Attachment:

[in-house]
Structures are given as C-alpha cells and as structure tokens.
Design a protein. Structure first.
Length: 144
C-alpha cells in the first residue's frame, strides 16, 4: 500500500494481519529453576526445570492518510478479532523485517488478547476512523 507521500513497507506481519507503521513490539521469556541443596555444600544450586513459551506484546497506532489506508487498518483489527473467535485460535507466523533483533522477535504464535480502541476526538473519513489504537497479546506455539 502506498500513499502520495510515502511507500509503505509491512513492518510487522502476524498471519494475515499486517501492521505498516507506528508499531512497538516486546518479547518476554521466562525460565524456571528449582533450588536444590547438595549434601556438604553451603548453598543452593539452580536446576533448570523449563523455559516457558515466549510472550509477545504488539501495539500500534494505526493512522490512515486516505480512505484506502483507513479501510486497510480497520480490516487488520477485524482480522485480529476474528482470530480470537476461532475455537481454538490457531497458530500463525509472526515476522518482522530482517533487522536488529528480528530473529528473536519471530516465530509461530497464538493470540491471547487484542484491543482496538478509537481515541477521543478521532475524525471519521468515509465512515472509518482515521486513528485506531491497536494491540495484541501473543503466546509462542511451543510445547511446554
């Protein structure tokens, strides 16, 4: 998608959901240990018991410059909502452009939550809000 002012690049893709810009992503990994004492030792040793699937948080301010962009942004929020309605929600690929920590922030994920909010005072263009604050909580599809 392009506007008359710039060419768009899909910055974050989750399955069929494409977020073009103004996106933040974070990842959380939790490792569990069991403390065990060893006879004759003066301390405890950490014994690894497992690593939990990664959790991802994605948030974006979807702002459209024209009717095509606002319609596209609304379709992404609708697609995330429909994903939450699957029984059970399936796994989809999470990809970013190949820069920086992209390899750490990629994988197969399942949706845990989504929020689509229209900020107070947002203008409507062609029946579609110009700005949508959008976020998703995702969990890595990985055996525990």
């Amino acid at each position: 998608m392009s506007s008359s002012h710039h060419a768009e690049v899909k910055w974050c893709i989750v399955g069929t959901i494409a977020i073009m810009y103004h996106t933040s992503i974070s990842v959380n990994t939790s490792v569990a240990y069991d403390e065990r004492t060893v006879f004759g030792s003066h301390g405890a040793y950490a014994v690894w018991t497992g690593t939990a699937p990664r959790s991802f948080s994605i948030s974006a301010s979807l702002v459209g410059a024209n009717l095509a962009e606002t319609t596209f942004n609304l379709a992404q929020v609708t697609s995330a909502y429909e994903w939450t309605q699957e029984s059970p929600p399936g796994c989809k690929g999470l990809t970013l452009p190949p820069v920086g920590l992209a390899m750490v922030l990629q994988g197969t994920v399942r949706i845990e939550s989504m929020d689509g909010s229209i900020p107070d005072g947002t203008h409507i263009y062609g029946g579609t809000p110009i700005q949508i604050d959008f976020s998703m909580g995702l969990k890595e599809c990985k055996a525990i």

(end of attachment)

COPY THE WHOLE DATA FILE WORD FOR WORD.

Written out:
[in-house]
Structures are given as C-alpha cells and as structure tokens.
Design a protein. Structure first.
Length: 144
C-alpha cells in the first residue's frame, strides 16, 4: 500500500494481519529453576526445570492518510478479532523485517488478547476512523 507521500513497507506481519507503521513490539521469556541443596555444600544450586513459551506484546497506532489506508487498518483489527473467535485460535507466523533483533522477535504464535480502541476526538473519513489504537497479546506455539 502506498500513499502520495510515502511507500509503505509491512513492518510487522502476524498471519494475515499486517501492521505498516507506528508499531512497538516486546518479547518476554521466562525460565524456571528449582533450588536444590547438595549434601556438604553451603548453598543452593539452580536446576533448570523449563523455559516457558515466549510472550509477545504488539501495539500500534494505526493512522490512515486516505480512505484506502483507513479501510486497510480497520480490516487488520477485524482480522485480529476474528482470530480470537476461532475455537481454538490457531497458530500463525509472526515476522518482522530482517533487522536488529528480528530473529528473536519471530516465530509461530497464538493470540491471547487484542484491543482496538478509537481515541477521543478521532475524525471519521468515509465512515472509518482515521486513528485506531491497536494491540495484541501473543503466546509462542511451543510445547511446554
């Protein structure tokens, strides 16, 4: 998608959901240990018991410059909502452009939550809000 002012690049893709810009992503990994004492030792040793699937948080301010962009942004929020309605929600690929920590922030994920909010005072263009604050909580599809 392009506007008359710039060419768009899909910055974050989750399955069929494409977020073009103004996106933040974070990842959380939790490792569990069991403390065990060893006879004759003066301390405890950490014994690894497992690593939990990664959790991802994605948030974006979807702002459209024209009717095509606002319609596209609304379709992404609708697609995330429909994903939450699957029984059970399936796994989809999470990809970013190949820069920086992209390899750490990629994988197969399942949706845990989504929020689509229209900020107070947002203008409507062609029946579609110009700005949508959008976020998703995702969990890595990985055996525990």
């Amino acid at each position: 998608m392009s506007s008359s002012h710039h060419a768009e690049v899909k910055w974050c893709i989750v399955g069929t959901i494409a977020i073009m810009y103004h996106t933040s992503i974070s990842v959380n990994t939790s490792v569990a240990y069991d403390e065990r004492t060893v006879f004759g030792s003066h301390g405890a040793y950490a014994v690894w018991t497992g690593t939990a699937p990664r959790s991802f948080s994605i948030s974006a301010s979807l702002v459209g410059a024209n009717l095509a962009e606002t319609t596209f942004n609304l379709a992404q929020v609708t697609s995330a909502y429909e994903w939450t309605q699957e029984s059970p929600p399936g796994c989809k690929g999470l990809t970013l452009p190949p820069v920086g920590l992209a390899m750490v922030l990629q994988g197969t994920v399942r949706i845990e939550s989504m929020d689509g909010s229209i900020p107070d005072g947002t203008h409507i263009y062609g029946g579609t809000p110009i700005q949508i604050d959008f976020s998703m909580g995702l969990k890595e599809c990985k055996a525990i």